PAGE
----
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School of Art + Art History

Letter From the Director

Dear SAAH Family,

It’s my pleasure to welcome you back at long last to a fully functioning campus! Over the last eighteen months or so, we have watched the world transform around us, and we have been called to put our creativity to work in negotiating the challenges of COVID–19 and the call to racial justice. “Transformation” is one of the pillar values of the School off Art + Art History. We pursue positive transformation through education, research, and creative works, using our curiosity, imagination, and expertise to shape new realities. Never in my lifetime has this mission seemed more necessary, as we wrest positive possibilities from the forces acting on us.

The first big new thing for us this year: the Studio Art program is launching a new interdisciplinary curriculum for the BFA in Art. It’s designed to offer students flexibility to pilot their own path as an artist—an approach that fosters access, equity, and inclusion. As the last step in the long approvals process, the curriculum had to be accepted by the National Association of Schools of Art and Design (NASAD), our national accrediting body. NASAD commended us for our “innovative and thought-provoking approach…undertaken…for the benefit of our students.” As part of UF’s initiative to integrate artificial Intelligence (AI) research and teaching across the university, we are welcoming new Studio Art faculty member Fatimah Tuggar, who is one of four new AI faculty in the College of the Arts.

Graphic Design, too, is introducing an important change to their BFA. We have doubled the number of students we can accommodate in the major and added a new faculty member, Victoria Gerson. This builds on a new graduate degree begun in 2019 and other initiatives like Dori Griffin’s large enrollment UF Quest 1 class. We are making design—and especially our program’s strong emphasis on design as a catalyst for equity—more accessible to students.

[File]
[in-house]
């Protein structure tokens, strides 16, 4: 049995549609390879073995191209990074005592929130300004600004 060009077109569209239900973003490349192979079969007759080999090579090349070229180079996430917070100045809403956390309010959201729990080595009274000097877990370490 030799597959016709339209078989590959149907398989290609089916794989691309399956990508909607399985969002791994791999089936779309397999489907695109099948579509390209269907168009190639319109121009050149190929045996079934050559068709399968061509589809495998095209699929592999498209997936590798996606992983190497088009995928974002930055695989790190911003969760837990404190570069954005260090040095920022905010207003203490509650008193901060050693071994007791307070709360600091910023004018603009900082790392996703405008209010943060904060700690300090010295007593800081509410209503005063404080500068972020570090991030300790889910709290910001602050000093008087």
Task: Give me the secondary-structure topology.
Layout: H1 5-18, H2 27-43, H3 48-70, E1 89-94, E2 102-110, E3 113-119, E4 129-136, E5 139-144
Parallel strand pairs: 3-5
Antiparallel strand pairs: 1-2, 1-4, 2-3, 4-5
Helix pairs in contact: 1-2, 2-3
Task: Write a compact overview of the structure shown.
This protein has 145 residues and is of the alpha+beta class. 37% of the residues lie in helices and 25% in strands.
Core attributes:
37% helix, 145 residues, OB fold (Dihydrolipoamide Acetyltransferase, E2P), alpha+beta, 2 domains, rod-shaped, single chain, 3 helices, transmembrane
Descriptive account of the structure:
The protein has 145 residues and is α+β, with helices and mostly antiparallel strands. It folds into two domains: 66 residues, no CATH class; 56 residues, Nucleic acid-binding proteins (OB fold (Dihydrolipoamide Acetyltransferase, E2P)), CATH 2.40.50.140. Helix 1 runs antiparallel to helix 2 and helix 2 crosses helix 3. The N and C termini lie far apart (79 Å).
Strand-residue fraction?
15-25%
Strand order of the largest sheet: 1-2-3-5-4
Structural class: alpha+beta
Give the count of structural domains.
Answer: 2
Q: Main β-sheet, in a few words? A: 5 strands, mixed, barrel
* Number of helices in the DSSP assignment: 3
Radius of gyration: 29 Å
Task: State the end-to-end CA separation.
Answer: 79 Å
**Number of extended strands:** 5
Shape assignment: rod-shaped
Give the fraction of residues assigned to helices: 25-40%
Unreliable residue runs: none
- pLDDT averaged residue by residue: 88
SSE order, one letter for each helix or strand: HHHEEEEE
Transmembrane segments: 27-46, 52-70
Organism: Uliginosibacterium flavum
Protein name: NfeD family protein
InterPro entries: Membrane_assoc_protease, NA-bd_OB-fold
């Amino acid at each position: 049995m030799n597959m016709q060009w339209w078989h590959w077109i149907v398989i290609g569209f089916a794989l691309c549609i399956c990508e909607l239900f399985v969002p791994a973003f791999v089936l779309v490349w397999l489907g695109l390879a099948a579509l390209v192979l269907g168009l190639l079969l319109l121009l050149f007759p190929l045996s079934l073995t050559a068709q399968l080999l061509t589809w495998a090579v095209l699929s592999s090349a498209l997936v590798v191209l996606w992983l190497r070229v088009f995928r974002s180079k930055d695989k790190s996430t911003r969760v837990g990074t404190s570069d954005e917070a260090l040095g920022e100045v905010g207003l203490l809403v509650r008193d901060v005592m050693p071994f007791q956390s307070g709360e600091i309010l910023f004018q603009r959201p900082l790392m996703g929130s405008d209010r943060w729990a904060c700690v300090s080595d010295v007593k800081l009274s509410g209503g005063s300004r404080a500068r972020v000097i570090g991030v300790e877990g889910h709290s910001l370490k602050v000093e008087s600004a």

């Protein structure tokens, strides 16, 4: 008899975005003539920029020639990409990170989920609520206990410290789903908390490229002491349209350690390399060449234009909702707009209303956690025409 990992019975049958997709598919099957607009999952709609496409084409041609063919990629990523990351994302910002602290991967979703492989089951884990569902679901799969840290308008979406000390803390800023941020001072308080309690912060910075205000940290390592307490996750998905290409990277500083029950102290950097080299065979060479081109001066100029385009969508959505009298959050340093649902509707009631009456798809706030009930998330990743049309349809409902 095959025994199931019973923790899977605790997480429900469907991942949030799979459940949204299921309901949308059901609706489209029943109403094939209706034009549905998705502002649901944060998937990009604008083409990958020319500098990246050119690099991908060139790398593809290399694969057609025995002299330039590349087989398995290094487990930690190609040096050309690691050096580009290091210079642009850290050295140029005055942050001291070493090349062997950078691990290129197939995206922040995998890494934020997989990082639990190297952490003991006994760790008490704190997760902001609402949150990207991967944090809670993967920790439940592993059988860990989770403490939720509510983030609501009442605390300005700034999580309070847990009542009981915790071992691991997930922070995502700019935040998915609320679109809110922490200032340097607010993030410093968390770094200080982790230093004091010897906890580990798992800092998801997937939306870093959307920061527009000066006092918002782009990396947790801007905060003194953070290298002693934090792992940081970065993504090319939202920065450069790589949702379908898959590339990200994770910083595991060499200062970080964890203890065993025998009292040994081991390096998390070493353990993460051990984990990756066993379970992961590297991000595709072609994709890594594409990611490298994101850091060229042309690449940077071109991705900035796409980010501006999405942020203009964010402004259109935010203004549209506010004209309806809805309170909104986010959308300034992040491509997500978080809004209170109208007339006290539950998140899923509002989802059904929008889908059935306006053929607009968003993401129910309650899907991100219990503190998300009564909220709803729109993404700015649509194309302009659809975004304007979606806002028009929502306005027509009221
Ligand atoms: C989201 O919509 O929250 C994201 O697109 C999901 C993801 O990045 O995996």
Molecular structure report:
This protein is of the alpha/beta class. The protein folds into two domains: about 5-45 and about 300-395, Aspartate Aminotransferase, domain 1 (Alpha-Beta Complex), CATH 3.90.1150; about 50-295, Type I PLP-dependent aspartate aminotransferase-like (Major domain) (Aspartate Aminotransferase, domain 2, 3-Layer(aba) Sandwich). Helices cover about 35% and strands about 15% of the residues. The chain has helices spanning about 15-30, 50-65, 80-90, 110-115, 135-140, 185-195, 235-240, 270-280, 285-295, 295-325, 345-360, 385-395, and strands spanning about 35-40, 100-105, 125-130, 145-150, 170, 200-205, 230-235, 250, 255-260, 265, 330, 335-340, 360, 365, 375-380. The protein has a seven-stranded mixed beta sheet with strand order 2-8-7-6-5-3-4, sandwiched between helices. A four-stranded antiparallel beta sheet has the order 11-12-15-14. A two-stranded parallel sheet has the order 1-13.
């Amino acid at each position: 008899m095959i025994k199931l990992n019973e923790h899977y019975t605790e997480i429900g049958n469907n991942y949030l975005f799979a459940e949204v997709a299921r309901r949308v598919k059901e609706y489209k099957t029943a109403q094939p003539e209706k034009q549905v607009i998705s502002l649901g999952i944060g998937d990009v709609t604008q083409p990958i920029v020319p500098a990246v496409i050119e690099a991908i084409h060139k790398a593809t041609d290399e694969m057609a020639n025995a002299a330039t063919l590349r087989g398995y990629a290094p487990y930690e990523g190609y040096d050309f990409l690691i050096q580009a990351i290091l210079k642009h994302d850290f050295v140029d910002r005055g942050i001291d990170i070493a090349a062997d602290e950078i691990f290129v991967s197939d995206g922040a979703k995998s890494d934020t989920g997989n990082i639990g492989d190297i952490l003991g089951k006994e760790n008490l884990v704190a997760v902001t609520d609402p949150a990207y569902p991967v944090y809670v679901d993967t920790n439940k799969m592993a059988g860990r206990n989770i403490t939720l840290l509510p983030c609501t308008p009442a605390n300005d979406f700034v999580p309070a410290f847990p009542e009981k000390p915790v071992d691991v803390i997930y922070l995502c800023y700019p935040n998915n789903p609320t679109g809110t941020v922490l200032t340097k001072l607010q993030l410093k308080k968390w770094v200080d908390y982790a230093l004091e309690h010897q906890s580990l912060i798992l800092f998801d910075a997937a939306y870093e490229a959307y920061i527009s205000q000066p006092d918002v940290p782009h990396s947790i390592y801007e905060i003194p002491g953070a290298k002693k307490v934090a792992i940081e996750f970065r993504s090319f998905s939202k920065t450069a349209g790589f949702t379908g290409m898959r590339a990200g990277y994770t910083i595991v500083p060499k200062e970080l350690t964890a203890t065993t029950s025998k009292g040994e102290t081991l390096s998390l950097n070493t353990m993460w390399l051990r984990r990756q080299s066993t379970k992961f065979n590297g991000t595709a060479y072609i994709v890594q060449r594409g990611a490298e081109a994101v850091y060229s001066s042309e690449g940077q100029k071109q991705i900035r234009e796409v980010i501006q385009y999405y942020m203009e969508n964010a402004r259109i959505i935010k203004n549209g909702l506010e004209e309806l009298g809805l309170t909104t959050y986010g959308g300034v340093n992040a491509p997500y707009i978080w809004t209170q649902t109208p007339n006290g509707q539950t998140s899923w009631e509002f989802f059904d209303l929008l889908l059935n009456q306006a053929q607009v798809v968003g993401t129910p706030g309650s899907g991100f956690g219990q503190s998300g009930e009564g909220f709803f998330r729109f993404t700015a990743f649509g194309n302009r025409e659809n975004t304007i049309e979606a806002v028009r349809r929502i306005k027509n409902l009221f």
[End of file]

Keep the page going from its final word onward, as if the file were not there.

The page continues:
The Museum Studies program is back to full strength with the arrival of new faculty member, Jacque Micieli-Voutsinas, who practices critical museum studies, focusing on heritage sites associated with traumas like terrorism. Her research complements the program’s critical engagement with the legacy and possibilities of museums—museums as agents of transformation. 

In the last few years, we have also been working to strengthen the University Galleries under the leadership of Jesús Fuenmayor. The School has one larger and two satellite exhibition spaces for contemporary art, where students can now gain experience in all aspects of running and exhibiting in a gallery. In tandem, Art History debuted a graduate certificate in Curatorial Studies last year. The programming of the University Galleries has become radically inclusive, centering the work of Black, Latin American, LatinX, mestizo, queer, and transgender artists. I hope you will come by this fall, when the Galleries, together with UF’s Harn Museum of Art, will mount a major show of works from CIFO, the Cisneros Fontanals Art Foundation—an eminent collection of art from Latin America and artists of Latin American heritage. 

Best wishes for the new year!

Yours,
Elizabeth Ross

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